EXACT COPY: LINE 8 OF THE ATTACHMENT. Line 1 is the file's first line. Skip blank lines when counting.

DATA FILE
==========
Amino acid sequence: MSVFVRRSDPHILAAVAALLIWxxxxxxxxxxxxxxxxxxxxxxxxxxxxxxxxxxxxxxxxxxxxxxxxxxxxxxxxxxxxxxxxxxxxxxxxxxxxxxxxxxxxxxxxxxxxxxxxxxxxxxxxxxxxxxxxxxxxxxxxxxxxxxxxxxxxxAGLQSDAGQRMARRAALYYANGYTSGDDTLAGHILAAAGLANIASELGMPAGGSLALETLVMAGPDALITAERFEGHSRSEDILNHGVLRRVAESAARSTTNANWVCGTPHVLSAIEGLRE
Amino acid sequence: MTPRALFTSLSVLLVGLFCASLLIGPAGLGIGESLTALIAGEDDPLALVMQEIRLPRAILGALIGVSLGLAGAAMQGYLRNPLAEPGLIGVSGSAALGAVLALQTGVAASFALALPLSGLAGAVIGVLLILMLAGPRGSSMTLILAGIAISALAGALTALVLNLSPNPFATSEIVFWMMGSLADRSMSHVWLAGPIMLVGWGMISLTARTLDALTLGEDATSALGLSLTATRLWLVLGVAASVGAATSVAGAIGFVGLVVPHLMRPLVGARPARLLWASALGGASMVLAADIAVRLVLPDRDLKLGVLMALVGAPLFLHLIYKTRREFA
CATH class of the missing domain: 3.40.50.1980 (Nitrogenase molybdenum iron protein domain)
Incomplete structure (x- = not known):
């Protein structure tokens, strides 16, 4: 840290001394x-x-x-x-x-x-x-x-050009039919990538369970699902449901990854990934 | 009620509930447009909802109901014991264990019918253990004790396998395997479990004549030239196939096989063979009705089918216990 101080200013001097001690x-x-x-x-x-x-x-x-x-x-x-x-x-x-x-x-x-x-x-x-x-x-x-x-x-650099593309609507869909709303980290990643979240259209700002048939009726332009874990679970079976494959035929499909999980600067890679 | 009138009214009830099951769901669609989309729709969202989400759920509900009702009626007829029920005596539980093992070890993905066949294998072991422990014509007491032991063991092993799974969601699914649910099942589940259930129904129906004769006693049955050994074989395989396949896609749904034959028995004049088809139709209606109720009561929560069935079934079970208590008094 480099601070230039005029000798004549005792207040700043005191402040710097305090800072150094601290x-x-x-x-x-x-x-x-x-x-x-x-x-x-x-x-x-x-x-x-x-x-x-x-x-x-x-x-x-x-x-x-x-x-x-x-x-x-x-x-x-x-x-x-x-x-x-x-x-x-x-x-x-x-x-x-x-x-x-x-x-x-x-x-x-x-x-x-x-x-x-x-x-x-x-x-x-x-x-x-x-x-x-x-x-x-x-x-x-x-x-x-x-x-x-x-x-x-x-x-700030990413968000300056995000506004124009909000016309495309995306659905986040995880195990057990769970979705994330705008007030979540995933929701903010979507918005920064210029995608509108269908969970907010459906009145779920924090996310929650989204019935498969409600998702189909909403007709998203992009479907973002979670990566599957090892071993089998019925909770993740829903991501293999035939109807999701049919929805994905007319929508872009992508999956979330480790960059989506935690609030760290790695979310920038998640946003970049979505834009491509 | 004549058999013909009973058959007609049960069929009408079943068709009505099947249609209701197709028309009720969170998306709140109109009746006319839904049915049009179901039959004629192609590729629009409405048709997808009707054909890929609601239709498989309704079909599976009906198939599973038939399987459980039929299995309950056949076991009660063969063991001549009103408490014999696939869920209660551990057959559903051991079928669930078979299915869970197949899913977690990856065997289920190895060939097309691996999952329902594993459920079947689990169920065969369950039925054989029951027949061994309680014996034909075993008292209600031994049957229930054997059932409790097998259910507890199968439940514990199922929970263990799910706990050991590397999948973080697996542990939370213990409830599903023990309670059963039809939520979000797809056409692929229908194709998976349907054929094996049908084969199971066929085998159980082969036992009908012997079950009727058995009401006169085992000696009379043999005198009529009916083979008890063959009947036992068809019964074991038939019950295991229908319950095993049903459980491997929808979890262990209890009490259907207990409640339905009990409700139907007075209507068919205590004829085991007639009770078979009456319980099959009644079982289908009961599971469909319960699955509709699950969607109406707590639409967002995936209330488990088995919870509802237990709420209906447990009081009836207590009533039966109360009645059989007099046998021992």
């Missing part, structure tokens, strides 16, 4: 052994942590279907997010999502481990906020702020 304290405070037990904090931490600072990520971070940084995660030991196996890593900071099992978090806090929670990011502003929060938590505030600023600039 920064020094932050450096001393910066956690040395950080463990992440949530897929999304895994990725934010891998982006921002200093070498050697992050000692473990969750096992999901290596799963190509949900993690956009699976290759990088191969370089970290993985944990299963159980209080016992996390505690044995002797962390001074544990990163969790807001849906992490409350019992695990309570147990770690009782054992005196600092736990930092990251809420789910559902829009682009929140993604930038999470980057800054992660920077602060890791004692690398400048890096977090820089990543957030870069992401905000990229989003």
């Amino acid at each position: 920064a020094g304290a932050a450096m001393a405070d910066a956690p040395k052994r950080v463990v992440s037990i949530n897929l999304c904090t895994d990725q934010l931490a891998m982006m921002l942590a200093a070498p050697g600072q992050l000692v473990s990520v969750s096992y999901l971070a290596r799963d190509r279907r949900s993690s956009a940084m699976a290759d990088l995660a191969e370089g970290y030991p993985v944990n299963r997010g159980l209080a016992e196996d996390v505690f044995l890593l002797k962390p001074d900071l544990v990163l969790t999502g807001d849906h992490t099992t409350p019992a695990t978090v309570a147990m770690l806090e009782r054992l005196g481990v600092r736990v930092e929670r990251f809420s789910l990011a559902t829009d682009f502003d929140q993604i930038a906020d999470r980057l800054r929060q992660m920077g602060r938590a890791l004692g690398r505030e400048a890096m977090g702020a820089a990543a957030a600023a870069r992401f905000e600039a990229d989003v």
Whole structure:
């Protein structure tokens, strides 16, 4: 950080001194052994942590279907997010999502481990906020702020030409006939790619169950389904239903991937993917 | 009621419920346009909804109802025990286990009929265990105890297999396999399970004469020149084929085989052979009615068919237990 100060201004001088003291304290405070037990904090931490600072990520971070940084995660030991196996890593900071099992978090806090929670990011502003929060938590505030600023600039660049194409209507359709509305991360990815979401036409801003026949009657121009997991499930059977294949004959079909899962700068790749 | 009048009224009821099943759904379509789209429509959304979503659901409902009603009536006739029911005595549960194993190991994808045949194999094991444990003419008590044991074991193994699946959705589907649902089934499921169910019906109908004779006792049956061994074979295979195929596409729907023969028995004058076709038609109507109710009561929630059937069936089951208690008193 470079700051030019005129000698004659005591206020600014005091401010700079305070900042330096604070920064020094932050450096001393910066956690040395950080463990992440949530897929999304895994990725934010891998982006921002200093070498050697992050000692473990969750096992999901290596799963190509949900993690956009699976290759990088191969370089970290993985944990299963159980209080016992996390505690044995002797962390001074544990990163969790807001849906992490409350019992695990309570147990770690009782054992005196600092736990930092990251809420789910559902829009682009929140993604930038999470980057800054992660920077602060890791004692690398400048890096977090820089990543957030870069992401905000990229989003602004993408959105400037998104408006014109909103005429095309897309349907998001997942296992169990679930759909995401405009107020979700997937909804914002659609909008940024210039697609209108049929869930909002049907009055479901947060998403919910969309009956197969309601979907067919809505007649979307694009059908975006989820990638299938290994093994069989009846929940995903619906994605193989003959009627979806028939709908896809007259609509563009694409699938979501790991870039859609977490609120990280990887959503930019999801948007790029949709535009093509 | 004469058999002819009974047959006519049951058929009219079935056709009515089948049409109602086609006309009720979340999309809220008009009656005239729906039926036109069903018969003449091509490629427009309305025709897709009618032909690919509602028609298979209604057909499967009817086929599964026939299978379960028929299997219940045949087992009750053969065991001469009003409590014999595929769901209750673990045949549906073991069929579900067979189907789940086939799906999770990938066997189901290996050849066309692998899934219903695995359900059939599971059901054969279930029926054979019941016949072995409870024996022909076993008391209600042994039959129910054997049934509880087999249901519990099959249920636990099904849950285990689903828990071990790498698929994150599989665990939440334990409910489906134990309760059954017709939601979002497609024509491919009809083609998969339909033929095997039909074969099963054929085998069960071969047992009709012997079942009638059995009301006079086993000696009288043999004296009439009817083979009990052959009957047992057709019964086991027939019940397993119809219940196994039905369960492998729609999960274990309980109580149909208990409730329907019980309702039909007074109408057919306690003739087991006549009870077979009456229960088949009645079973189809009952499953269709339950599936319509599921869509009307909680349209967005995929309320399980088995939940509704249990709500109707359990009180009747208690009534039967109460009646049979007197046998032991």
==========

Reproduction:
Whole structure: